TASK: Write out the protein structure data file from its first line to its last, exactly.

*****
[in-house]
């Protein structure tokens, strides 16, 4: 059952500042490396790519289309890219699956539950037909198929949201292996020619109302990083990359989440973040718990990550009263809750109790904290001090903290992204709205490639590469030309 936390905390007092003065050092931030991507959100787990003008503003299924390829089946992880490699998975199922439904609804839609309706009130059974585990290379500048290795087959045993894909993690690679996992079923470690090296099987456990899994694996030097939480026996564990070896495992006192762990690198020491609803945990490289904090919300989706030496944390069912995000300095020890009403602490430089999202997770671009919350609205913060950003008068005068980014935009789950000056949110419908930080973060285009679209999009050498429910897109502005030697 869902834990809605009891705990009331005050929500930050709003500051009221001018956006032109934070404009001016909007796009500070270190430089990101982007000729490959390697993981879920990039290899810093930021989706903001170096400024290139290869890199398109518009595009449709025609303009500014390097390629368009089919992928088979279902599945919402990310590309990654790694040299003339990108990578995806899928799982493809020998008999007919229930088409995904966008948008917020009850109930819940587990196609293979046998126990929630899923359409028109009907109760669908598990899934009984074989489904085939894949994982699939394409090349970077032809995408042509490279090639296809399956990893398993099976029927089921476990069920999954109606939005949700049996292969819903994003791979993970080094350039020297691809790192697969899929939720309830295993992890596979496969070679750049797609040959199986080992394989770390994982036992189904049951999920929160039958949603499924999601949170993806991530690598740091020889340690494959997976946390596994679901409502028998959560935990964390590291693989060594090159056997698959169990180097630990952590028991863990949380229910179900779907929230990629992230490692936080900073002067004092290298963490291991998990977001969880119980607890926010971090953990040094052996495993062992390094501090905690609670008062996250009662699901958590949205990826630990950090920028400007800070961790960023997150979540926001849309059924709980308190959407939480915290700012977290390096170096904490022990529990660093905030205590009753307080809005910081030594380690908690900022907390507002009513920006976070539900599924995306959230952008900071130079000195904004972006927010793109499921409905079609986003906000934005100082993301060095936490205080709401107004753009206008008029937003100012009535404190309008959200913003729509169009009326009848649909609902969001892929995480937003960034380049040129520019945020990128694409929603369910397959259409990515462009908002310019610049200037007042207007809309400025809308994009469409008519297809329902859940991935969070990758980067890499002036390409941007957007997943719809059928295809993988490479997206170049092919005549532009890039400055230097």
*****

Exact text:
[in-house]
């Protein structure tokens, strides 16, 4: 059952500042490396790519289309890219699956539950037909198929949201292996020619109302990083990359989440973040718990990550009263809750109790904290001090903290992204709205490639590469030309 936390905390007092003065050092931030991507959100787990003008503003299924390829089946992880490699998975199922439904609804839609309706009130059974585990290379500048290795087959045993894909993690690679996992079923470690090296099987456990899994694996030097939480026996564990070896495992006192762990690198020491609803945990490289904090919300989706030496944390069912995000300095020890009403602490430089999202997770671009919350609205913060950003008068005068980014935009789950000056949110419908930080973060285009679209999009050498429910897109502005030697 869902834990809605009891705990009331005050929500930050709003500051009221001018956006032109934070404009001016909007796009500070270190430089990101982007000729490959390697993981879920990039290899810093930021989706903001170096400024290139290869890199398109518009595009449709025609303009500014390097390629368009089919992928088979279902599945919402990310590309990654790694040299003339990108990578995806899928799982493809020998008999007919229930088409995904966008948008917020009850109930819940587990196609293979046998126990929630899923359409028109009907109760669908598990899934009984074989489904085939894949994982699939394409090349970077032809995408042509490279090639296809399956990893398993099976029927089921476990069920999954109606939005949700049996292969819903994003791979993970080094350039020297691809790192697969899929939720309830295993992890596979496969070679750049797609040959199986080992394989770390994982036992189904049951999920929160039958949603499924999601949170993806991530690598740091020889340690494959997976946390596994679901409502028998959560935990964390590291693989060594090159056997698959169990180097630990952590028991863990949380229910179900779907929230990629992230490692936080900073002067004092290298963490291991998990977001969880119980607890926010971090953990040094052996495993062992390094501090905690609670008062996250009662699901958590949205990826630990950090920028400007800070961790960023997150979540926001849309059924709980308190959407939480915290700012977290390096170096904490022990529990660093905030205590009753307080809005910081030594380690908690900022907390507002009513920006976070539900599924995306959230952008900071130079000195904004972006927010793109499921409905079609986003906000934005100082993301060095936490205080709401107004753009206008008029937003100012009535404190309008959200913003729509169009009326009848649909609902969001892929995480937003960034380049040129520019945020990128694409929603369910397959259409990515462009908002310019610049200037007042207007809309400025809308994009469409008519297809329902859940991935969070990758980067890499002036390409941007957007997943719809059928295809993988490479997206170049092919005549532009890039400055230097």